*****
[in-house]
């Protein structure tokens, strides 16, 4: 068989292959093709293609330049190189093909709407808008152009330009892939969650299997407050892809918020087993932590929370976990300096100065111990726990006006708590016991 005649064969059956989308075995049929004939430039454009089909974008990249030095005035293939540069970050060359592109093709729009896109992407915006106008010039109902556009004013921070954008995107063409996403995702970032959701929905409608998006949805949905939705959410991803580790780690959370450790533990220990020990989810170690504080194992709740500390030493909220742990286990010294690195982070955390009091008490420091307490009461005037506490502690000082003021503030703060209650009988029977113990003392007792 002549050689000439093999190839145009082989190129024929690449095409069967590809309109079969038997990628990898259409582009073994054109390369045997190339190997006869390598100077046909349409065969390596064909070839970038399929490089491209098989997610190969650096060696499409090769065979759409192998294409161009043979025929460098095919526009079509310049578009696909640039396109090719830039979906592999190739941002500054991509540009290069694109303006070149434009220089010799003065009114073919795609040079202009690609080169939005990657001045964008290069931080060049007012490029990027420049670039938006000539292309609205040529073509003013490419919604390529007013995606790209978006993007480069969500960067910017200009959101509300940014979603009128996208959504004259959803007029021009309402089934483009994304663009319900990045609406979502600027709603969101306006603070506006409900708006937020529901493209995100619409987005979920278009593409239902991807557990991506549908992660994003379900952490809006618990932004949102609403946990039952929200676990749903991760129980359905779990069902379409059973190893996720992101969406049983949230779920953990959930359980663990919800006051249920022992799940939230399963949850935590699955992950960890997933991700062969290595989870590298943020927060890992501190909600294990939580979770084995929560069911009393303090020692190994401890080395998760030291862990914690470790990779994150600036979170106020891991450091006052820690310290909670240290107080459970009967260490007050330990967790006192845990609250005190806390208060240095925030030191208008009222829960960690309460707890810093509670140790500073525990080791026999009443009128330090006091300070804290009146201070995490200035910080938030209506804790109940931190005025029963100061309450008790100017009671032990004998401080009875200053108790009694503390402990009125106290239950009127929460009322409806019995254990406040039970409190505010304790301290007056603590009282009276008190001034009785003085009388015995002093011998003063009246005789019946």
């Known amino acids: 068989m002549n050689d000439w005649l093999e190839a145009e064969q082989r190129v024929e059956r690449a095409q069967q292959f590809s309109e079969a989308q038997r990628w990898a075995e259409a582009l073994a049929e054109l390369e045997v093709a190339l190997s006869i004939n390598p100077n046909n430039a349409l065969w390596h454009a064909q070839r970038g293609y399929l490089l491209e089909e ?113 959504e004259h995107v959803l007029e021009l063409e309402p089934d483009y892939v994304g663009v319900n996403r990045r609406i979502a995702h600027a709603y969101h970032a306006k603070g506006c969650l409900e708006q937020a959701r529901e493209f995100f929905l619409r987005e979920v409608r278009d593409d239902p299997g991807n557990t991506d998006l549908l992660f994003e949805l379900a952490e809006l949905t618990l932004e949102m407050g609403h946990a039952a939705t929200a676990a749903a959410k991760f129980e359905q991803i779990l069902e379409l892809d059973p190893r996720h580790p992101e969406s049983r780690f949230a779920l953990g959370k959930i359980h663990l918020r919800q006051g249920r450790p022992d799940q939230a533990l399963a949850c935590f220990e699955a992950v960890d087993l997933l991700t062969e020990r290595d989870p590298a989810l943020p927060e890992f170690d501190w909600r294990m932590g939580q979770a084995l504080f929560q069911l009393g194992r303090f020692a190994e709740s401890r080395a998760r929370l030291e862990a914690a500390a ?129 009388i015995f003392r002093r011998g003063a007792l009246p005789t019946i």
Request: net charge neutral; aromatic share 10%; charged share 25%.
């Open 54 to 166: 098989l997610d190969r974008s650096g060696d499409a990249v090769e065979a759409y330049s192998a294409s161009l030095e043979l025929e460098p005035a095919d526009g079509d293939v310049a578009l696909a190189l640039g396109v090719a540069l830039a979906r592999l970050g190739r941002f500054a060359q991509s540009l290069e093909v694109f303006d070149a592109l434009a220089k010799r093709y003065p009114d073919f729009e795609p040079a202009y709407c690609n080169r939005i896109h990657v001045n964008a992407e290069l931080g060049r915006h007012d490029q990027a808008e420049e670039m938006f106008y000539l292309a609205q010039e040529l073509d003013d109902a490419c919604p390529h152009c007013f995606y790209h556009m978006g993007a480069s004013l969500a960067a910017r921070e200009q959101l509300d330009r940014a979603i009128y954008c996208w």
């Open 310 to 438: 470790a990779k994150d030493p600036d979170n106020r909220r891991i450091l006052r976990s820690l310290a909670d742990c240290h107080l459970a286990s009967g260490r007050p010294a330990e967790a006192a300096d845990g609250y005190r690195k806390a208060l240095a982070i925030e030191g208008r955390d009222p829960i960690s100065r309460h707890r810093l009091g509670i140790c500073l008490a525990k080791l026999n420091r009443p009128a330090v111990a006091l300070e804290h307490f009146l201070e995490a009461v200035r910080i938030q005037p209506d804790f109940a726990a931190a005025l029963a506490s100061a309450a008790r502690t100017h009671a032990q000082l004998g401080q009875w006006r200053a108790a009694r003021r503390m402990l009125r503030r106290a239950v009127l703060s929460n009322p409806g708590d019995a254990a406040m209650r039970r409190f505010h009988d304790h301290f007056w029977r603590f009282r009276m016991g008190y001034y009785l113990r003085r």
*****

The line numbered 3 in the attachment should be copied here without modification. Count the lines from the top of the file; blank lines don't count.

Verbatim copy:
């Known amino acids: 068989m002549n050689d000439w005649l093999e190839a145009e064969q082989r190129v024929e059956r690449a095409q069967q292959f590809s309109e079969a989308q038997r990628w990898a075995e259409a582009l073994a049929e054109l390369e045997v093709a190339l190997s006869i004939n390598p100077n046909n430039a349409l065969w390596h454009a064909q070839r970038g293609y399929l490089l491209e089909e ?113 959504e004259h995107v959803l007029e021009l063409e309402p089934d483009y892939v994304g663009v319900n996403r990045r609406i979502a995702h600027a709603y969101h970032a306006k603070g506006c969650l409900e708006q937020a959701r529901e493209f995100f929905l619409r987005e979920v409608r278009d593409d239902p299997g991807n557990t991506d998006l549908l992660f994003e949805l379900a952490e809006l949905t618990l932004e949102m407050g609403h946990a039952a939705t929200a676990a749903a959410k991760f129980e359905q991803i779990l069902e379409l892809d059973p190893r996720h580790p992101e969406s049983r780690f949230a779920l953990g959370k959930i359980h663990l918020r919800q006051g249920r450790p022992d799940q939230a533990l399963a949850c935590f220990e699955a992950v960890d087993l997933l991700t062969e020990r290595d989870p590298a989810l943020p927060e890992f170690d501190w909600r294990m932590g939580q979770a084995l504080f929560q069911l009393g194992r303090f020692a190994e709740s401890r080395a998760r929370l030291e862990a914690a500390a ?129 009388i015995f003392r002093r011998g003063a007792l009246p005789t019946i």